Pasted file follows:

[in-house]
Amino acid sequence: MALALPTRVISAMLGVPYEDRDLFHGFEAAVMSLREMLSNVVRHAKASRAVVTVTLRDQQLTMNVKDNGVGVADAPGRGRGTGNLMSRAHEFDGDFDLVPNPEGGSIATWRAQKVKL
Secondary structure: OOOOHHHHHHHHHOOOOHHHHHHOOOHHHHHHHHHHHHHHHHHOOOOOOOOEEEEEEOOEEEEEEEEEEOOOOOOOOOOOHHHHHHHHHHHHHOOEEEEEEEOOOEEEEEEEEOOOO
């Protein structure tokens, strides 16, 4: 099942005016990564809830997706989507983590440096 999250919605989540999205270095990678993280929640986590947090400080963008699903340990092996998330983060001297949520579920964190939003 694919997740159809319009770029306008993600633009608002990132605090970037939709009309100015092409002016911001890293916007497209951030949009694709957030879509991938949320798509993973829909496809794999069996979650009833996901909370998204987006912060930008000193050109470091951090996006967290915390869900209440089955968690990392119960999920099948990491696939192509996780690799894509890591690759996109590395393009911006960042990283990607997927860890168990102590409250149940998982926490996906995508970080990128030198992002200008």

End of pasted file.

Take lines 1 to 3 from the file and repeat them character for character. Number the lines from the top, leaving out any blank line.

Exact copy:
[in-house]
Amino acid sequence: MALALPTRVISAMLGVPYEDRDLFHGFEAAVMSLREMLSNVVRHAKASRAVVTVTLRDQQLTMNVKDNGVGVADAPGRGRGTGNLMSRAHEFDGDFDLVPNPEGGSIATWRAQKVKL
Secondary structure: OOOOHHHHHHHHHOOOOHHHHHHOOOHHHHHHHHHHHHHHHHHOOOOOOOOEEEEEEOOEEEEEEEEEEOOOOOOOOOOOHHHHHHHHHHHHHOOEEEEEEEOOOEEEEEEEEOOOO